Our real work

In a normal year, our meeting usually has 2 or 3 funerals, spread throughout the year. This spring we have had 5 funerals in just 6 short weeks. We have lost some dear Friends, and nearly everyone in out meeting is suffering both from grief and emotional fatigue.

I haven’t posted anything on this blog for over a month – I simply haven’t had time. I did sit in on two open discussions our meeting held on our future relationship with Indiana Yearly Meeting. As you probably know, Quakers in Indiana are in the process of dividing, and it’s been a long, contentious and tiring year.

At the second discussion, one Friend said that this whole process with Indiana Yearly Meeting has worn out his patience, and that he wants our meeting to get on with its own work. That comment drew everyone’s approval, and it made me ask myself, “What is our own work? What are the things we need to be doing?”

For the last 6 weeks, a great deal of our work has centered around caring for the sick, comforting the dying, and supporting families who are grieving. We’ve been sharing stories of love and faith from the lives of our Friends, we’ve been praying, and we’ve been doing a lot of practical tasks. That’s been our work.

What is our real work? We’ve gathered for worship every week, and tried to provide a good spiritual experience to everyone who comes here. We’ve lifted up our voices in praise and in song. We’ve celebrated the achievements of this year’s students and teachers.

We’ve collected food for the hungry in our community, and we’ve collected money to help them. We’ve also raised money for Quaker missions, and enjoyed hearing first-hand reports from people who have visited Friends in other parts of the world. That’s our real work.

We’ve had groups for Bible study and for prayer. We’ve had clearness committees for people who are trying to discern God’s leading for their life. We’ve encouraged people to think about using their spiritual gifts. We’ve tried to help people who are looking for work in this difficult economy.

Here’s a question: is division among Friends the work of God? If it is, why are so few people enthusiastic about it? If it isn’t the work of God, why are we even thinking about it?

Most of our meetings are engaged in strikingly similar activities. Most of us can enjoy worshiping in each others’ meetings on Sunday. We support the same Quaker missions. We have a great deal of common experience and tradition.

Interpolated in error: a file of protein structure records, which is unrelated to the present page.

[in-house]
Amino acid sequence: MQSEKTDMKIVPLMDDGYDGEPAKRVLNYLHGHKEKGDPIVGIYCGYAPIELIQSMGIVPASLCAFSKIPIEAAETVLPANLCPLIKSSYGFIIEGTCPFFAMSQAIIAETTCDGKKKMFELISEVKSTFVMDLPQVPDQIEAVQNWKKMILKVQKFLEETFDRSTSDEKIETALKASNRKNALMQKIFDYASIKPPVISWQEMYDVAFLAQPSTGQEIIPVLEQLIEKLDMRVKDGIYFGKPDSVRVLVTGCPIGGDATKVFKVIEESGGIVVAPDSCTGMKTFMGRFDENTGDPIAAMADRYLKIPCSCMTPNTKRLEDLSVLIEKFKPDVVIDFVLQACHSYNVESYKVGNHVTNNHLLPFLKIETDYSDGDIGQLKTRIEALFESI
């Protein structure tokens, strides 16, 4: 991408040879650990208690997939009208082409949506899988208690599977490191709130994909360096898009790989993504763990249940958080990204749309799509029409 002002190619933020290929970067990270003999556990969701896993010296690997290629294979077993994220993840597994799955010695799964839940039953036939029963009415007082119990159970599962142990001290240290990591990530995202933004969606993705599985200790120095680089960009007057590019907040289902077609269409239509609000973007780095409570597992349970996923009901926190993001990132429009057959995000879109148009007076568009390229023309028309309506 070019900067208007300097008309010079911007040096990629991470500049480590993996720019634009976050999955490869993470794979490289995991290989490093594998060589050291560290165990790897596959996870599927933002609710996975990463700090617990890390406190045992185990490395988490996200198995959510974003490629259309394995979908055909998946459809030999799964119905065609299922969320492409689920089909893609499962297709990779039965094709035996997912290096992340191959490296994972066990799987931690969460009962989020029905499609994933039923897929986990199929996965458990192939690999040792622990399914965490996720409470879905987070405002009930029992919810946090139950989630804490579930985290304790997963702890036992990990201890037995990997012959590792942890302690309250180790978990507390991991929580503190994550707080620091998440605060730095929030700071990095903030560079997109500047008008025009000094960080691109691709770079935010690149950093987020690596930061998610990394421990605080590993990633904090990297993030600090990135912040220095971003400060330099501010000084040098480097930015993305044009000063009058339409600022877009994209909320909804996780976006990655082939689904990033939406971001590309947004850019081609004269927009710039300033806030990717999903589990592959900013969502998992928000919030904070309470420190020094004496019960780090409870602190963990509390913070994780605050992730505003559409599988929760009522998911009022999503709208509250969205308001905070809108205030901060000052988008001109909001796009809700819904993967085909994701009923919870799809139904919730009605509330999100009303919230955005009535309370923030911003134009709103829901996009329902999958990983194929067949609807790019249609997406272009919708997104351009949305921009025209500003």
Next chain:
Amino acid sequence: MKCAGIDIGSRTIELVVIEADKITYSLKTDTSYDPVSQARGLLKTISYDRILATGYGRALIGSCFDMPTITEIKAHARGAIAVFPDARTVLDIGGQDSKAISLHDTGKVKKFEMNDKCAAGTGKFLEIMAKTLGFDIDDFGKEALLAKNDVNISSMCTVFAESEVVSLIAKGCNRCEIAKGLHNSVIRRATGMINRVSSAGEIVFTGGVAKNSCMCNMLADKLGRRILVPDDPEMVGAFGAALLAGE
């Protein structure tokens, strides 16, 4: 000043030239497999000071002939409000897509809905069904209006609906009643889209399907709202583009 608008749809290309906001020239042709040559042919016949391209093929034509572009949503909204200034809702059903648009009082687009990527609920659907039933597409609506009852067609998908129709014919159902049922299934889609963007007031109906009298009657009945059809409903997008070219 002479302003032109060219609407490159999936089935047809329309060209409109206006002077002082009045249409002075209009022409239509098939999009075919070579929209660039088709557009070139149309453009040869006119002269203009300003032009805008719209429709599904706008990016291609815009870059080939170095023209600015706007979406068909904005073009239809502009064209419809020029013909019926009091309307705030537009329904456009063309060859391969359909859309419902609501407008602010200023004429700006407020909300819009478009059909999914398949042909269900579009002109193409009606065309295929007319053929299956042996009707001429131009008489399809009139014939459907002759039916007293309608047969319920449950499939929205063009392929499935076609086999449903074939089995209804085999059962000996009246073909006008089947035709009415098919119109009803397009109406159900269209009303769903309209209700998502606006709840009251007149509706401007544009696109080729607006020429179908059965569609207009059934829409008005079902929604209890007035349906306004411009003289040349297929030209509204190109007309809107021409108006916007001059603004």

We do have some differences of opinion and interpretation, but these tend to be on a very narrow range of issues – and anyone who reads the news knows that other Christian churches are experiencing tension over the same issues. We’re not so special.

Are our differences so great that we have to divide? Is division between Christians ever the work of God? Or should we focus on what we believe in common, and on the real work we can do together?


4 Responses to “Our real work”

  1. 1 d. suess June 13, 2012 at 10:38 am

    what a helpful post… and prayers as you and your beloved community grieves and does the good work of ministry and care.

  2. 2 Dortha Meredith June 13, 2012 at 11:18 am

    your words speak for me.l I shared this with Dick and he to appreciates this. I am so glad to receive these essays.

  3. 3 Bob Carter June 13, 2012 at 12:58 pm

    Good questions, Josh. I have an observation and another question. First the observation: if you and I end up in different yearly meetings, I still will not perceive myself as having been divided from you. So now for the question: is the division of a yearly meeting the same thing as division among Christians? Or is it simply the dividing of a man-made structure that is perceived as no longer adequately serving the needs/ interests/ convictions of its constituency?

    I do not mean to imply an answer by asking the question. The question comes from recognizing that the “Church” is neither the building nor the administrative structure, but the people. Church history seems to be replete with division after division starting with the Roman/Orthodox split. And yet I want to believe that the Kingdom of God remains undivided against itself.

    It has been very difficult for me to watch this whole process from afar. And yet I have to trust both the sincere listenings of those appointed to explore and shepherd this issue, and the ability of the Holy Spirit to lead them even though I fervently wish the outcome would have been different. In my position I have no other option than to trust that the Lord is still able to lead His people, even if His people are divided into different flocks. So I continue to struggle against the temptation to sit in judgement over the Lord’s various servants and instead try to be as faithful as possible in the work He has appointed as my portion.

  4. 4 Shawn June 13, 2012 at 6:03 pm

    We will always have our differences. I believe we need to be coming together on what we have in common and going forward from there. Our differences cause us to become polarized and ineffective. Once polarized, our ability to discern has been compromised.

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All of the posts on this blog are my own personal opinion. They do not necessarily reflect the opinions of the members and attenders of the meeting where I belong or any organization of Friends. For more information, click on the "About Me" tab above.



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